Cardinal Francis George of Chicago noted that a long-standing division between bishops who prefer standard American English and those who want a literal rending of Latin has become more complex. Some bishops on both sides have realized that the current English text is more familiar and meaningful to many Catholics than the centuries-old Latin text once was, he said.
Since the above isn’t in quote text I assume the reporter translated whatever the Cardinal said into gibberish since there is no plan to go back to Latin only, but only to reform the English translation.
"There are those who have been quite critical of the present translation, but who are now saying that we don’t want to disturb the people, especially in the situation of weakened episcopal authority we have now," he said, referring to distrust of bishops who failed to remove child molesters from the priesthood.
Exactly how does a more faithful translation disturb the people? Wouldn’t a more accurate translation of the Word of God be nothing but be a benefit. And exactly why was it okay to "disturb the people" with all the changes made in the sixties and it is wrong to make corrections now? Not working towards valid reform demonstrates a weakening of episcopal authority and not the opposite. If you can’t get the laity to accept better scriptural translations then what would be a better example of weakening authority?
Conference president Bishop William Skylstad of Spokane, Wash., spoke of different credibility issues related to the scandal. While surveys show that 90 percent of priests love the priesthood and more than 90 percent of parishioners say parish priests do a good job, bishops fare less well. Priests fear that bishops will remove innocent priests.
And the laity fear that they will not remove guilty ones. I bet "bishops fare less well" is quite an understatement. Most of the anger has not been directed at fallen priests, but at those who facilitated their behavior by playing the diocese version of musical chairs. Of course priests have a valid concern about false accusations in the current climate. I remember while in the military after the Tailhook scandal and the endless sexual harassment training that there was great fear of being falsely accused by those who saw this as an easy way to retaliate against a supervisor they didn’t like.
Some bishops, including Bishop Donald Trautman of Erie, chairman of the bishops’ Committee on Liturgy, believe the changes are clunky and obscure. For instance, in the Nicene Creed, "one in being with the father" would be replaced with "consubstantial with the father." [Source]
Wee Catlicks are 2 dum to lrn more precise theological terms. When Bishop Trautman was voted in for the bishops’ Committee on Liturgy we knew that we would get more of the same. The very bishop who has been sending off letters arguing with the Vatican about the Holy See reserving the right to appoint members to ICEL and as to whether the text even needed to be reformed. This of course is no surprise since as chairman of the BCL he was responsible during the years of massive revisions of scriptural and liturgical texts. It is hard to see the problems in your own handiwork.
Update: Mark Brumley has a more substantial take on the same article.
The argument that “we don’t want to disturb the people” reminds me of the new reason for preserving Roe v. Wade: it has become precedent and therefore cannot be repealed even though it’s a lousy law.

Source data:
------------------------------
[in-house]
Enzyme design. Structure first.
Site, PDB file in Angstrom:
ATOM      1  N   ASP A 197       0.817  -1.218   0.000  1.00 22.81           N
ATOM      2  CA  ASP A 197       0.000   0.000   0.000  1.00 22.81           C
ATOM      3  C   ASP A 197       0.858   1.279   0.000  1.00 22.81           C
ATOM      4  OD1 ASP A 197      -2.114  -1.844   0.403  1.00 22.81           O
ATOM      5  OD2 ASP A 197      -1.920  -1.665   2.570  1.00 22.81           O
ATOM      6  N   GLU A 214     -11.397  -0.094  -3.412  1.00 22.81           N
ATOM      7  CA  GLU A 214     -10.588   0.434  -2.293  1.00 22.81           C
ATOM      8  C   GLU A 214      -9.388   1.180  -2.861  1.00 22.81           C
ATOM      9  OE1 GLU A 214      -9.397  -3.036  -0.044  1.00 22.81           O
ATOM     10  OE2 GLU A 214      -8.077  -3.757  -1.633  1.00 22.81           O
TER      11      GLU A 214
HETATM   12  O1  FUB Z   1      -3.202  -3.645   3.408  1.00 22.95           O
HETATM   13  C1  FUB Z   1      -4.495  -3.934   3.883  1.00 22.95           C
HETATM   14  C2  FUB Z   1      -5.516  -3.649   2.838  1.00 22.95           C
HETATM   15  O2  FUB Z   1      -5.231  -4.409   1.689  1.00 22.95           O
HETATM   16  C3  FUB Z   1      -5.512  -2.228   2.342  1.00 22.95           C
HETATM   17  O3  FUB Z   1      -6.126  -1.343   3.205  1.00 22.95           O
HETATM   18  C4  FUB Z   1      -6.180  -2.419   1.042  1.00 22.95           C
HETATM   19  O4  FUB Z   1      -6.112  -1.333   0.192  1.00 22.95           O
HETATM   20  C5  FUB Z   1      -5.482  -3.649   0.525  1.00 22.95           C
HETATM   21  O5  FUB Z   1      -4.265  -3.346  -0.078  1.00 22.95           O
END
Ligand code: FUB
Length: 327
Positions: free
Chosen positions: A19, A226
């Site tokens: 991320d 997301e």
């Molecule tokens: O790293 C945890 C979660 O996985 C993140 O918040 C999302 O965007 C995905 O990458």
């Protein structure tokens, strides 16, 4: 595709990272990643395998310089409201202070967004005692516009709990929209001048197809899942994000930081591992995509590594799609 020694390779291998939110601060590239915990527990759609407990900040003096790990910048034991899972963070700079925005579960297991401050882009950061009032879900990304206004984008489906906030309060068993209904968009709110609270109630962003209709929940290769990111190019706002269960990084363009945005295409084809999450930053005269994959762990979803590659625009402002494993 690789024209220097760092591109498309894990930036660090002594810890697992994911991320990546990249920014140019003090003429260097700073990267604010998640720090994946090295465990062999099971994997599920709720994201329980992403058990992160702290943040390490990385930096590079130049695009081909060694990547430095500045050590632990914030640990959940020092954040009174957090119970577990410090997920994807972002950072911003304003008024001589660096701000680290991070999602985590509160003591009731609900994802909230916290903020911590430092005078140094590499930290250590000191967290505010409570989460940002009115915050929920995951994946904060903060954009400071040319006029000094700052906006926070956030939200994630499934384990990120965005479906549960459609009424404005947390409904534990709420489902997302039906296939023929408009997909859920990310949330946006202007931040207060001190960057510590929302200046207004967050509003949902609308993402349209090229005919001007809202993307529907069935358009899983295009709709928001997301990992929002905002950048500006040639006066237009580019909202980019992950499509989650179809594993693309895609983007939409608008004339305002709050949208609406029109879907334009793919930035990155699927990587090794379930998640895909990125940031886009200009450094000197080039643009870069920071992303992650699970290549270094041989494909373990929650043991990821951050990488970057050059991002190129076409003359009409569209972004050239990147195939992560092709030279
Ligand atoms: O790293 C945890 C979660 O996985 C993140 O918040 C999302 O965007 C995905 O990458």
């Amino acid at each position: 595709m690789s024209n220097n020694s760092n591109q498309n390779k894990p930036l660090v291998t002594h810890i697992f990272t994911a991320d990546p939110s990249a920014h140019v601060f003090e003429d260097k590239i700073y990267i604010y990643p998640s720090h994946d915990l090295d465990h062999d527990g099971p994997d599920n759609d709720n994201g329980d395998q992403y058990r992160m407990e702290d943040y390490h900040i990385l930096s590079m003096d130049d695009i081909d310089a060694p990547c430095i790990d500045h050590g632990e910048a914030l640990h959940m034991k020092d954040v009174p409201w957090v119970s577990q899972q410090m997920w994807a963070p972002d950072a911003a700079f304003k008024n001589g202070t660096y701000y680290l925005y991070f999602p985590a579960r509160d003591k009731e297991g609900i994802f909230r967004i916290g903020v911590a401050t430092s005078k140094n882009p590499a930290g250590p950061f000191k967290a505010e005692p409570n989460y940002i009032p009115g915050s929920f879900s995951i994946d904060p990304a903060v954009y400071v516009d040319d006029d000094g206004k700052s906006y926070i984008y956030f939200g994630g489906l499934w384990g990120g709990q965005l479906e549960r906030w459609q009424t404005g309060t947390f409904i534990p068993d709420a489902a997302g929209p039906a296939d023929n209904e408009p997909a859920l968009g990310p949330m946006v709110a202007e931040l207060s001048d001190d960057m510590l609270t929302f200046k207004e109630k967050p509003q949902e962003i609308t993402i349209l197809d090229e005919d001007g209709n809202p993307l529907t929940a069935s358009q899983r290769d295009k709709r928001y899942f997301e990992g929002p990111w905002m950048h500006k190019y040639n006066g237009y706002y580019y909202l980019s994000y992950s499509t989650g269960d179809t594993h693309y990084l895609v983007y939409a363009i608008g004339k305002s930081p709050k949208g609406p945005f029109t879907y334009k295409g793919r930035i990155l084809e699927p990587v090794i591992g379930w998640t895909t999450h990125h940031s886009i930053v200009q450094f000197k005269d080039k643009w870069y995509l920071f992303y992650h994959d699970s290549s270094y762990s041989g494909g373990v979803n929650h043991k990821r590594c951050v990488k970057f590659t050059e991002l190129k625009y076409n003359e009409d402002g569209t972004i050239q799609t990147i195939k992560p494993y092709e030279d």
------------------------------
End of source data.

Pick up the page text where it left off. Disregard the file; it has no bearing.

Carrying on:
I think the reporter gave the game away with “a literal rending of Latin.” That’s certainly what the present translation gives us.
you know if it weren’t for the whole jesus thing i might think about becoming an orthodox jew
Cdl George’s comments are mystifying. Trautman, of course, is merely playing the only role he knows: jackass-of-all-trades and master of none.
I for one would welcome a more faithful and beautiful translation of the typical edition. But I could see how people would balk at first. It is funny how progressives (especially those tied to the “professional church workers” industry) have become traditionalists (“but we have been doing it this way for thirty-five years, we cannot change now!)
The average “Joe six pack” in the pews would be absolutely mystified to read what the documents of the Second Vatican Council actually said about liturgy! I realize this more and more as I am told that the council “did away” with latin and Gregorian Chant and all that ancient history. I shouldn’t be surprised, because some priest or nun somewhere along the way must have told them this.
The Professor beat me to the punch.
Someone mentioned the changes made in the 60’s needed correcting. To that I agree and one step further, I think many of the unchecked changes made by the relgious Education departments of the 70’s to be even more damaging and certainly need correcting. The Redemptionus Sacramentum was published to make it easy to correct some of the abuses born of that era, but alas, “we have been doing it this way for years” heralds once again.
I pray somehow, or someone, will step up and get everything straight. I can’t keep taking the beating at my Parish much longer.
Wow, and I thought that Cardinal George was one of the good ones. I guess the heresy rampant in his Archdiocese has worn him down. How sad.
I think they’ll have to print the Latin and English side by side in the missal. When people see how much has been left out before and is now translated faithfully, they’ll be all for it.
Still, it’s true that the length of time the bad translation was left be does create a pastoral problem. But the blame goes to the original screw-up, not the fix.
I just hope that if/when they change things they do it all at once instead of trickling it down over the next 40 years.